query = 'SecurityIncident | where TimeGenerated > ago(1d)'

#We will send a body in Rest API call in JSON format hence the conversion         
$body =  $bodyHash | ConvertTo-Json

#Make Rest API call and store result in the variable
$result = Invoke-RestMethod -UseBasicParsing -Headers $header -Uri $uri -Method Post -Body $body -ContentType "application/json"

#Check the number of log entries received from REST API call

#Convert data to a tabular format that can be used for CSV export
$headerRow = $null
$headerRow = $result.tables.columns | Select-Object name
$columnsCount = $headerRow.Count

$logData = @()

foreach ($row in $result.tables.rows) {
    $data = New-Object PSObject

    for ($i = 0; $i -lt $columnsCount; $i++) {
        $data | Add-Member -membertype NoteProperty -name $headerRow[$i].name -value $row[$i]
    $logData += $data
    $data = $null

# Export to CSV
$csvPath = (Join-Path -path $env:TEMP -ChildPath "loganalyticsresult.csv")
$logData | Export-CSV -path $csvPath -NoTypeInformation

#Open file in Excel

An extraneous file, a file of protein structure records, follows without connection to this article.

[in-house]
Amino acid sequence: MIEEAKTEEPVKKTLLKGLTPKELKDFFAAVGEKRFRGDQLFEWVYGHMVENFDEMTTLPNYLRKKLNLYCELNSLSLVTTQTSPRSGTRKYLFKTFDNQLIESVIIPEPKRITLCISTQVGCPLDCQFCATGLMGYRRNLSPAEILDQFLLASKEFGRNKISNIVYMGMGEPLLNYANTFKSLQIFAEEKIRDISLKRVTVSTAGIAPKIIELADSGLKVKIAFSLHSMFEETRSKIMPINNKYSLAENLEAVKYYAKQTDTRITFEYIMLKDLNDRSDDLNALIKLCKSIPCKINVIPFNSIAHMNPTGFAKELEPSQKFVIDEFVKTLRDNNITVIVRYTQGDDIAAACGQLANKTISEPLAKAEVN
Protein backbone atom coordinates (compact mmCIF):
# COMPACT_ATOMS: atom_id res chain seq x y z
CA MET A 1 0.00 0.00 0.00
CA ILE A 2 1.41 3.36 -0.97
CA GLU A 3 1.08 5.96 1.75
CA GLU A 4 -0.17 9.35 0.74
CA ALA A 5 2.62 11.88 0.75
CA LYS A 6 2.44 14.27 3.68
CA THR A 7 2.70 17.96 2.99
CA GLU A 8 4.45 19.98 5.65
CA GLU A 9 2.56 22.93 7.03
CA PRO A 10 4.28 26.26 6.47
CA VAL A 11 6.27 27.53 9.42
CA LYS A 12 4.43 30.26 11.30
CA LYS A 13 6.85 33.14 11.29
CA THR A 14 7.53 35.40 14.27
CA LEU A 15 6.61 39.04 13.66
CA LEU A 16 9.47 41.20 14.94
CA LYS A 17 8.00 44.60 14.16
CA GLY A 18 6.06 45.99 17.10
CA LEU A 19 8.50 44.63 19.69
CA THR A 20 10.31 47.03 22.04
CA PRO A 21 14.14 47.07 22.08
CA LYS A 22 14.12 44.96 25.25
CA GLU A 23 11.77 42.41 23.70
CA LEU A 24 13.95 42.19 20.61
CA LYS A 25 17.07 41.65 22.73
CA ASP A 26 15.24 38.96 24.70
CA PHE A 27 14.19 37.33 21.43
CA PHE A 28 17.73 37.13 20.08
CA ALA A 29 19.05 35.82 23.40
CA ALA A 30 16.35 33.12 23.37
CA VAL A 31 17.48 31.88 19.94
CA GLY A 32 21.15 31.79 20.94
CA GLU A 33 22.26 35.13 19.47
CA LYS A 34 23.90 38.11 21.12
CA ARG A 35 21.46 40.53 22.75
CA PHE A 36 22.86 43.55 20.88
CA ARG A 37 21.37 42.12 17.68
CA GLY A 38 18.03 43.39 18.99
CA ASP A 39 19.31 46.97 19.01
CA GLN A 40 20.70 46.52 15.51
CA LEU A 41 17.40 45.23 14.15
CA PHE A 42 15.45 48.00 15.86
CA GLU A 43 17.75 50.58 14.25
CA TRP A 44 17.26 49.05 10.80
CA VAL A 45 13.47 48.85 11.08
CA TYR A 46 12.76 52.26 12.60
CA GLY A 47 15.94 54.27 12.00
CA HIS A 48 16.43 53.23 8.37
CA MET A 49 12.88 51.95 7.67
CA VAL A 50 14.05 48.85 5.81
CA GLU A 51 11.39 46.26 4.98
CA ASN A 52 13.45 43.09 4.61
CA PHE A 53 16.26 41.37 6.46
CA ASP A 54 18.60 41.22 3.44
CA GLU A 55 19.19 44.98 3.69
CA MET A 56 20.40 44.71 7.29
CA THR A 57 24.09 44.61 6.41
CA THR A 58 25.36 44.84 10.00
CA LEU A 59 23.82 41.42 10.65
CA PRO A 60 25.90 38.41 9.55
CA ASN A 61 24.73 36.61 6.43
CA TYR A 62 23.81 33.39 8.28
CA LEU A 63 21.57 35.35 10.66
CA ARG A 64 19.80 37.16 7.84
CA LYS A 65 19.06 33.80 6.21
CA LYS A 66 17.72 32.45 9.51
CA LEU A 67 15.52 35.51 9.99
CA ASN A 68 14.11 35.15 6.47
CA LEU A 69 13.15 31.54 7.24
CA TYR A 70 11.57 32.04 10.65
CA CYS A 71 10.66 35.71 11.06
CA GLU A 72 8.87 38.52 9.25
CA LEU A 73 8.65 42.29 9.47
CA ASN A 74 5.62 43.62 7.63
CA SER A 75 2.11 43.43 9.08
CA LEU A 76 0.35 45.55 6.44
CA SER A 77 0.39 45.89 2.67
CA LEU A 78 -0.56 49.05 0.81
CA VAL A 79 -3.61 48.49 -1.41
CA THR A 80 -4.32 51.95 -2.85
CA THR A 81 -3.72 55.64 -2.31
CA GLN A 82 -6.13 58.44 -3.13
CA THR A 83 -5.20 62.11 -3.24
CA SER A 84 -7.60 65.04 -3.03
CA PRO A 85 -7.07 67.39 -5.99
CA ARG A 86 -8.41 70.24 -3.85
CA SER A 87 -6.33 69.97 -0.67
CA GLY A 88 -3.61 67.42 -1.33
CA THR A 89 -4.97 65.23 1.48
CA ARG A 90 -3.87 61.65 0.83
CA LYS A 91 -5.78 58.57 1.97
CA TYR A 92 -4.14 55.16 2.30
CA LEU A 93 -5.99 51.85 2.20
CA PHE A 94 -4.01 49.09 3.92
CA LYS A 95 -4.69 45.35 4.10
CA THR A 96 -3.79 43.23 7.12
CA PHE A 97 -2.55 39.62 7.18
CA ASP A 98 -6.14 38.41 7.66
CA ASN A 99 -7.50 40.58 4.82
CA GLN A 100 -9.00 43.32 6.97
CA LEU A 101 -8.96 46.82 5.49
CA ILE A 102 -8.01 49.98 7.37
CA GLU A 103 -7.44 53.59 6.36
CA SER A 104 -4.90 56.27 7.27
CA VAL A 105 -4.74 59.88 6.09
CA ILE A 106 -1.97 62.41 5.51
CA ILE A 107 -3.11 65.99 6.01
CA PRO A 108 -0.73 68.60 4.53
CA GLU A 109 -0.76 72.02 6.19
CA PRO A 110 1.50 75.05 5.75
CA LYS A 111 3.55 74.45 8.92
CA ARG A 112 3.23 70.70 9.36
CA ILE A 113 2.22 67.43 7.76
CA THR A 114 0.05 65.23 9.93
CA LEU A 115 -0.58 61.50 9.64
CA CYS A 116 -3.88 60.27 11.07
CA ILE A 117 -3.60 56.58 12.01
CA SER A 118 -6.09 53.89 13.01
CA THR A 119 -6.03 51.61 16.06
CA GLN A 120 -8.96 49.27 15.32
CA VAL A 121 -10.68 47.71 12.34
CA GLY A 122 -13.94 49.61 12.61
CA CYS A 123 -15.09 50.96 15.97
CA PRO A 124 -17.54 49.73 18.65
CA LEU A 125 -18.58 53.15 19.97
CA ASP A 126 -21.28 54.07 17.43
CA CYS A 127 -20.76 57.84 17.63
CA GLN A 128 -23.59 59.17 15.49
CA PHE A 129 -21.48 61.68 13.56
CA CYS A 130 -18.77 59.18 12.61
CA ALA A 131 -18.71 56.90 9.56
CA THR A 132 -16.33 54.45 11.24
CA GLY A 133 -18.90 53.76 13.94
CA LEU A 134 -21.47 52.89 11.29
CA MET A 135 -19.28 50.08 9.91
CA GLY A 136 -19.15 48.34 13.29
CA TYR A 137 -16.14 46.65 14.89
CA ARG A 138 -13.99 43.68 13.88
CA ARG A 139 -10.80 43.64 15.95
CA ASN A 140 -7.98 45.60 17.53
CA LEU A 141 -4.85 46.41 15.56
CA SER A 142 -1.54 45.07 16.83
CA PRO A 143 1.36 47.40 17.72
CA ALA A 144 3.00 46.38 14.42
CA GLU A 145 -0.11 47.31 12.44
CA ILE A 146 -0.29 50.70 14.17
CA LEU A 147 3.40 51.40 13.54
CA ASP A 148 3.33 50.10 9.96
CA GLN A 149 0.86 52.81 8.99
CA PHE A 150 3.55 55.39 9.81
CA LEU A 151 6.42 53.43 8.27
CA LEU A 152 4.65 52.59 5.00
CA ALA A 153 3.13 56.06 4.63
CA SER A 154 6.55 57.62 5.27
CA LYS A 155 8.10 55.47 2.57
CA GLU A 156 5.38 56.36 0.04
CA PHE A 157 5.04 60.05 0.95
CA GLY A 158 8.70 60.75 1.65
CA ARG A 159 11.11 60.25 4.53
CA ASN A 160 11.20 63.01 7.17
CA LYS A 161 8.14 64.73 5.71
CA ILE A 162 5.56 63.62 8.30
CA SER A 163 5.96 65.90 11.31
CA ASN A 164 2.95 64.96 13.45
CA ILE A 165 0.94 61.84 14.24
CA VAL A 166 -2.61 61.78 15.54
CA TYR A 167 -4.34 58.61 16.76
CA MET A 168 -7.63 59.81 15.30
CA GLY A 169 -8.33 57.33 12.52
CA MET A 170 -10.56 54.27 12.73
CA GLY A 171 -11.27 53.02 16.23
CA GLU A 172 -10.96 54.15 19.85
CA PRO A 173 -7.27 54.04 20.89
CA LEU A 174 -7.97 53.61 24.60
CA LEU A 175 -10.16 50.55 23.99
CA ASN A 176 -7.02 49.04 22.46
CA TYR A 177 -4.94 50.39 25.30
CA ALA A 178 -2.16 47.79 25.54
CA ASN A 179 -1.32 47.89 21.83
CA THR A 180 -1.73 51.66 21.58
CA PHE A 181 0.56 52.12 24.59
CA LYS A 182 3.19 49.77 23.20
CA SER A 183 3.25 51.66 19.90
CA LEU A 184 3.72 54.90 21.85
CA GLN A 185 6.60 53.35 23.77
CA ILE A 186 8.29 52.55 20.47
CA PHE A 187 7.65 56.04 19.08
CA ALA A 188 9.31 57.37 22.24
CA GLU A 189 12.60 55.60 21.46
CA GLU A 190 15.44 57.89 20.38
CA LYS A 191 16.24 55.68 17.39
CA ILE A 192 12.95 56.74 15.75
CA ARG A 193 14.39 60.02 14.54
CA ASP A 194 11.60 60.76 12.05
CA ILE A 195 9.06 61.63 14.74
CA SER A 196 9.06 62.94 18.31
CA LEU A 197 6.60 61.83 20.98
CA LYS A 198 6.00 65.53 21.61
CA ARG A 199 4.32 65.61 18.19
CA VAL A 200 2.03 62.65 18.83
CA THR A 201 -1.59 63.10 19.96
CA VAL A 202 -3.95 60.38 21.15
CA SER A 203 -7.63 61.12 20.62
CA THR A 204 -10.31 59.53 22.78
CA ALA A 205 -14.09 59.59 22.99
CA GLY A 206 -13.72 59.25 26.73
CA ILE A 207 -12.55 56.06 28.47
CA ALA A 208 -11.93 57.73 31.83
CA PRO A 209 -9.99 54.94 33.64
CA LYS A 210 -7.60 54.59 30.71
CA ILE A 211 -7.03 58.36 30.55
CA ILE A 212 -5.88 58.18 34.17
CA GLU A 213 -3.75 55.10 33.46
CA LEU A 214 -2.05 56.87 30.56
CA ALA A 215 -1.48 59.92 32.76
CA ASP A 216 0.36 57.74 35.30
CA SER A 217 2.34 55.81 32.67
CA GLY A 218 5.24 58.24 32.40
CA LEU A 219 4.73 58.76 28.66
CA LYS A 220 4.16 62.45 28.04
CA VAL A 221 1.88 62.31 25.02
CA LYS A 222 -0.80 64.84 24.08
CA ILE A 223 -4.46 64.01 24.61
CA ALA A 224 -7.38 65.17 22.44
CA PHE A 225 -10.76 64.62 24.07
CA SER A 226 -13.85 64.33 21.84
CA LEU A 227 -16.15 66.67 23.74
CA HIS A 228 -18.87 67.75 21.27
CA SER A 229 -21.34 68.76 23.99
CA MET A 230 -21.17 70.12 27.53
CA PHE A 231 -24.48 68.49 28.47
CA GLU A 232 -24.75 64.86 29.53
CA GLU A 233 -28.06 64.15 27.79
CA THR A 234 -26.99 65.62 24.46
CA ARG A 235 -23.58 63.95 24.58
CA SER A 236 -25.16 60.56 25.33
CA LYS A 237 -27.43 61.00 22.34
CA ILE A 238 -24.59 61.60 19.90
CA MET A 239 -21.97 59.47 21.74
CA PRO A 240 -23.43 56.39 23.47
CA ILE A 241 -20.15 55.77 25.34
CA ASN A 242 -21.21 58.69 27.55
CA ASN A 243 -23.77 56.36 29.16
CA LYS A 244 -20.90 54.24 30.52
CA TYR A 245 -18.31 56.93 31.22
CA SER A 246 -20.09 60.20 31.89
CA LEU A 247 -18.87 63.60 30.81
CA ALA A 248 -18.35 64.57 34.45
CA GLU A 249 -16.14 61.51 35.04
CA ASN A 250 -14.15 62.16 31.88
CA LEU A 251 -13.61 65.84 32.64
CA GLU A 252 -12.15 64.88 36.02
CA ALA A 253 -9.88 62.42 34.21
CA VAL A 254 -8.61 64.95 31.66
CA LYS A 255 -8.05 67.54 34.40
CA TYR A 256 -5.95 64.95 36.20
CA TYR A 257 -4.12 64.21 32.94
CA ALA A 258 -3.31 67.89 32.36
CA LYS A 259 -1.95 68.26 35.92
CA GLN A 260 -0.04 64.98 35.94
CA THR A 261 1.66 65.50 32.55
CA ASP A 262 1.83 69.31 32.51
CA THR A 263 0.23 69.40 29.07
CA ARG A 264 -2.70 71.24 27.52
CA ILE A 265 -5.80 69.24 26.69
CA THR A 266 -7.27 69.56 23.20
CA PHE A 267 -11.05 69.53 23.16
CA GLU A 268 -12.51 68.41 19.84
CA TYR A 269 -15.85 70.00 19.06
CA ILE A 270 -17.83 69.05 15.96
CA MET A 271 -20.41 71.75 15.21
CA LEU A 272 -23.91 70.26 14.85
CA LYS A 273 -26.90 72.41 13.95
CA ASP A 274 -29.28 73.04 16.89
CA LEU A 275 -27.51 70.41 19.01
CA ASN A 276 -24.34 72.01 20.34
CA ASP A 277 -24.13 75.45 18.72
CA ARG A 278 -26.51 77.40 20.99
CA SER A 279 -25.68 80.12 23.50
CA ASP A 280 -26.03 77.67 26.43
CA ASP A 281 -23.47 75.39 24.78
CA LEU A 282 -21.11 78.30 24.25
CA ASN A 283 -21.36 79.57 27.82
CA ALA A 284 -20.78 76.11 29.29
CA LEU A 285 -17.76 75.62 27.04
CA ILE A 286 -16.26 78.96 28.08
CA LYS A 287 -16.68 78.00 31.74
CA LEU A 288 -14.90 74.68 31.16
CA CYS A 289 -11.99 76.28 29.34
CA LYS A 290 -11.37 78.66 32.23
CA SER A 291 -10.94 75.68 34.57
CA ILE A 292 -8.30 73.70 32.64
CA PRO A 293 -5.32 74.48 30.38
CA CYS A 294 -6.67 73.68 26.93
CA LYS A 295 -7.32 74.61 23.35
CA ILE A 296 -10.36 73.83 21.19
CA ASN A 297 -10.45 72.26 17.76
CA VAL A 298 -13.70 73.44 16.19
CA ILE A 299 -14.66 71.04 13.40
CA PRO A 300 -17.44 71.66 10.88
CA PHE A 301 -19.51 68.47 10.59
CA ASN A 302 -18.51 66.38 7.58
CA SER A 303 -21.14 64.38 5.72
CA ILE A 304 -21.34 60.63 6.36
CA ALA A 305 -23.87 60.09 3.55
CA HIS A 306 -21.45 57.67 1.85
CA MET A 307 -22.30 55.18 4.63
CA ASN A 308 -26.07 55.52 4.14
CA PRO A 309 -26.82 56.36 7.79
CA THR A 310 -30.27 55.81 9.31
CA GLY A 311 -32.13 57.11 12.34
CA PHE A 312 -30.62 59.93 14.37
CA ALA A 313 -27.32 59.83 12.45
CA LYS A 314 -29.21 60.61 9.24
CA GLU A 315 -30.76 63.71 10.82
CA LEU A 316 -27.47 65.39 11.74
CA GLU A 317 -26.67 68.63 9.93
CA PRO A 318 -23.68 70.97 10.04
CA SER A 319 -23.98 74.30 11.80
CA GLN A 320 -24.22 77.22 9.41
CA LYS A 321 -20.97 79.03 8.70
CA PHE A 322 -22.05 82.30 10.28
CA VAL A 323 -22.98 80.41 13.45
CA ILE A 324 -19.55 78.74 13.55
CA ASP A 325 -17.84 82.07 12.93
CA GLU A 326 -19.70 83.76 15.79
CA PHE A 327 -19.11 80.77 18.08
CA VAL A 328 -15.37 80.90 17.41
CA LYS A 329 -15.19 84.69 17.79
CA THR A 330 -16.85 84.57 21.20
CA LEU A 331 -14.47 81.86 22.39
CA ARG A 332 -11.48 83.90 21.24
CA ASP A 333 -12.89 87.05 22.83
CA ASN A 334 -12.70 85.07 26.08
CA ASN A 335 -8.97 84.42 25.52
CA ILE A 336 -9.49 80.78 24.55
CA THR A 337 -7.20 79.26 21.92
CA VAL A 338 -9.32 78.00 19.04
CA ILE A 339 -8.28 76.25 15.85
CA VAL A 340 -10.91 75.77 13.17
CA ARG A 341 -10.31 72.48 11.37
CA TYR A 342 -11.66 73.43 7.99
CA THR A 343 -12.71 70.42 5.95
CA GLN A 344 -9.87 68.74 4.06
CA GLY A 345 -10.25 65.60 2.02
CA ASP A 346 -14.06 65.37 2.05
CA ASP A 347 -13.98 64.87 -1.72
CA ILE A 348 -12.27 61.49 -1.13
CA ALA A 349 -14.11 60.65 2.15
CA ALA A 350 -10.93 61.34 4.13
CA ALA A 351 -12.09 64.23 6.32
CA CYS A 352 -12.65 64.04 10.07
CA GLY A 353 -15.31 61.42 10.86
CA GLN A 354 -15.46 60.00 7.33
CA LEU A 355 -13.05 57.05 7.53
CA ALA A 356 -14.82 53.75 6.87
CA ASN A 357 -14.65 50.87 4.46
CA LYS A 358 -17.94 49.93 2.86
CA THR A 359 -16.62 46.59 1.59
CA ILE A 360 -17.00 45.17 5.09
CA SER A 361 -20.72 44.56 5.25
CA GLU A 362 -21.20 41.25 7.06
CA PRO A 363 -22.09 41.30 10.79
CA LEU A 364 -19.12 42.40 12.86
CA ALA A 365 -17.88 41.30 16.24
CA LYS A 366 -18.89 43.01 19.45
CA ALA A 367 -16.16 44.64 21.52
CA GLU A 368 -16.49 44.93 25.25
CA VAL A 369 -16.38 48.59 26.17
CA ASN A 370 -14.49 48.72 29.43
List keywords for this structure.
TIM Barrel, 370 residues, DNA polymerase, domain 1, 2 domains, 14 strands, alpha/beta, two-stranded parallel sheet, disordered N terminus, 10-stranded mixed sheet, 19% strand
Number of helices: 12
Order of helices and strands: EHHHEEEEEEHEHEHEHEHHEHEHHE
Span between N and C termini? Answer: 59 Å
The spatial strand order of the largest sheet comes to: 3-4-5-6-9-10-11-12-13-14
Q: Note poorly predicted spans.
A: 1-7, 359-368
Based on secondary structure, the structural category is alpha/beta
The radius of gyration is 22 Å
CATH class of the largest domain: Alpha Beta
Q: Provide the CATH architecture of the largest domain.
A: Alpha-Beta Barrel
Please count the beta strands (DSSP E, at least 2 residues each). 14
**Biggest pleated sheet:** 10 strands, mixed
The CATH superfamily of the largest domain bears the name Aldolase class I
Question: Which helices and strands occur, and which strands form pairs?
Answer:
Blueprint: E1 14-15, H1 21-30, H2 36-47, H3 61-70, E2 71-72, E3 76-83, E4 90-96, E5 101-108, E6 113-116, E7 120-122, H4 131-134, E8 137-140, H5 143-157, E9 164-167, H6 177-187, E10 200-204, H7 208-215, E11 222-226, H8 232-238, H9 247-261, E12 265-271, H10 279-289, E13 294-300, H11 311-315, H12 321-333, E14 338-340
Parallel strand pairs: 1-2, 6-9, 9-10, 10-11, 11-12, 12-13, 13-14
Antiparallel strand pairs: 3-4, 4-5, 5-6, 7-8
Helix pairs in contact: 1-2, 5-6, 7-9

Invoke-Item $csvPath

#========================== Copy lines above this line  ==========================

For ServiceNow to fetch the data ServiceNow works good with JavaScript. Even though Powershell can be used I thought it would be easier to translate the above code to JavaScript for the ServiceNow team to use and avoid having to make the ServiceNow team learn Powershell. It was a good exercise to translate Powershell code to JavaScript. Honestly, I didn’t write any JavaScript code in atleast last 16 years but it wasn’t too difficult. there are plenty of documents available for JavaScript objects and coding.

//Request oAuth Token

var oAuthClient = new GlideOAuthClient();
var params ={grant_type:"client_credentials", resource:"https://api.loganalytics.io", client_id:"2673fc27-aa16-4825-951f-51a82b4f5641", client_secret:"SYuT_o88e6V2.vDpf6.-6-BlfhmFc16~N6"};
var json = new JSON();
var text = json.encode(params);
var tokenResponse = oAuthClient.requestToken('Azure TEST', text);
var token = tokenResponse.getToken();

// define variables and set them in the rest call
var header = {Authorization: "Bearer " + token.getAccessToken()}
var requestBody = {"query":"SecurityIncident | where TimeGenerated > ago(1d)"}
var body_json = json.encode(requestBody);   
var uri = "https://api.loganalytics.io/v1/workspaces/0363abfe-1651-4edc-9096-72cb14fb79d3/query"

var r = new sn_ws.RESTMessageV2(); //Make rest call
r.setEndpoint(uri); //endpoint defined from var uri
r.setHttpMethod('POST'); // post method